One of the fundamental ideas of modern chemistry is that all matter is made up of atoms. The atoms themselves are composed of smaller particles. For our purposes these particles include the following three:
Most of the mass of an atom comes from the first two which together coexist in the center of the atom called the nucleus. It is the number of protons which is called the atomic number (Z, from the German Zahl or "number") and differentiates one element from another. The atomic numbers are the sequential integers on the periodic table which currently number the elements from 1 to 116.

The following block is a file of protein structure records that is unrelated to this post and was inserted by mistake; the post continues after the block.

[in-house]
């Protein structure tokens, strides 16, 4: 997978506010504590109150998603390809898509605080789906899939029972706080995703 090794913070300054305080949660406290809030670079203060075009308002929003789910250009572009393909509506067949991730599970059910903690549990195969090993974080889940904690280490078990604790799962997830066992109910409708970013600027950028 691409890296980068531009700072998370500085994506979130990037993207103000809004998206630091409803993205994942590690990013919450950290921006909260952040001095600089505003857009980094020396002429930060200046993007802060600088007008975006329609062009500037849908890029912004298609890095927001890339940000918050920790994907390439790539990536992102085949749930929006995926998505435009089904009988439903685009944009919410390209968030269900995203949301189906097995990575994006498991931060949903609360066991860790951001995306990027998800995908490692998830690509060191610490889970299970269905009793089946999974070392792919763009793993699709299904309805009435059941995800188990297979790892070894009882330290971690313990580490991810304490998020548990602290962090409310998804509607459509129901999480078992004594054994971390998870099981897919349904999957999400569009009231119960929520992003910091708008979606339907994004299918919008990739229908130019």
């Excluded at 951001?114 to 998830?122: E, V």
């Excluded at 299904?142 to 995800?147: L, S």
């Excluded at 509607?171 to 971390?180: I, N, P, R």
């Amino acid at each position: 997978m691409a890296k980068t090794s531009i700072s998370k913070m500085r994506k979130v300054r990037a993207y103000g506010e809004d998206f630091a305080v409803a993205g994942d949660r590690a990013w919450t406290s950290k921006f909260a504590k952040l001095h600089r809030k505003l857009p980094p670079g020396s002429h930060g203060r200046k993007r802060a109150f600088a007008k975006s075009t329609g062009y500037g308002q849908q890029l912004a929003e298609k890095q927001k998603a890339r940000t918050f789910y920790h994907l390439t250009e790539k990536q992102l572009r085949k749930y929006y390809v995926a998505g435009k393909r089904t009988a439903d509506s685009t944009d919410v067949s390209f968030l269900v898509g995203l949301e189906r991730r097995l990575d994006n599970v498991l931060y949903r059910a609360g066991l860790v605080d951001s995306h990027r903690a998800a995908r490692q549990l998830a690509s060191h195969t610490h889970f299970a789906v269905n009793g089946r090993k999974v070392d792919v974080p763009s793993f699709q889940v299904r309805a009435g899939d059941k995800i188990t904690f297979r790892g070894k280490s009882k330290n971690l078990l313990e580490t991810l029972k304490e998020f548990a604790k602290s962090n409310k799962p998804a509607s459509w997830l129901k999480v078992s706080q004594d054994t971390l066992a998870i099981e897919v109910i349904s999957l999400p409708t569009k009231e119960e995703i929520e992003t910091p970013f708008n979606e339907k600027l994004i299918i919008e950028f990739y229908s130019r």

Neutral atoms (as opposed to ions) have a number of electrons equal to the number of protons in the nucleus. Electrons are found in the space surrounding the nucleus rather than inside it.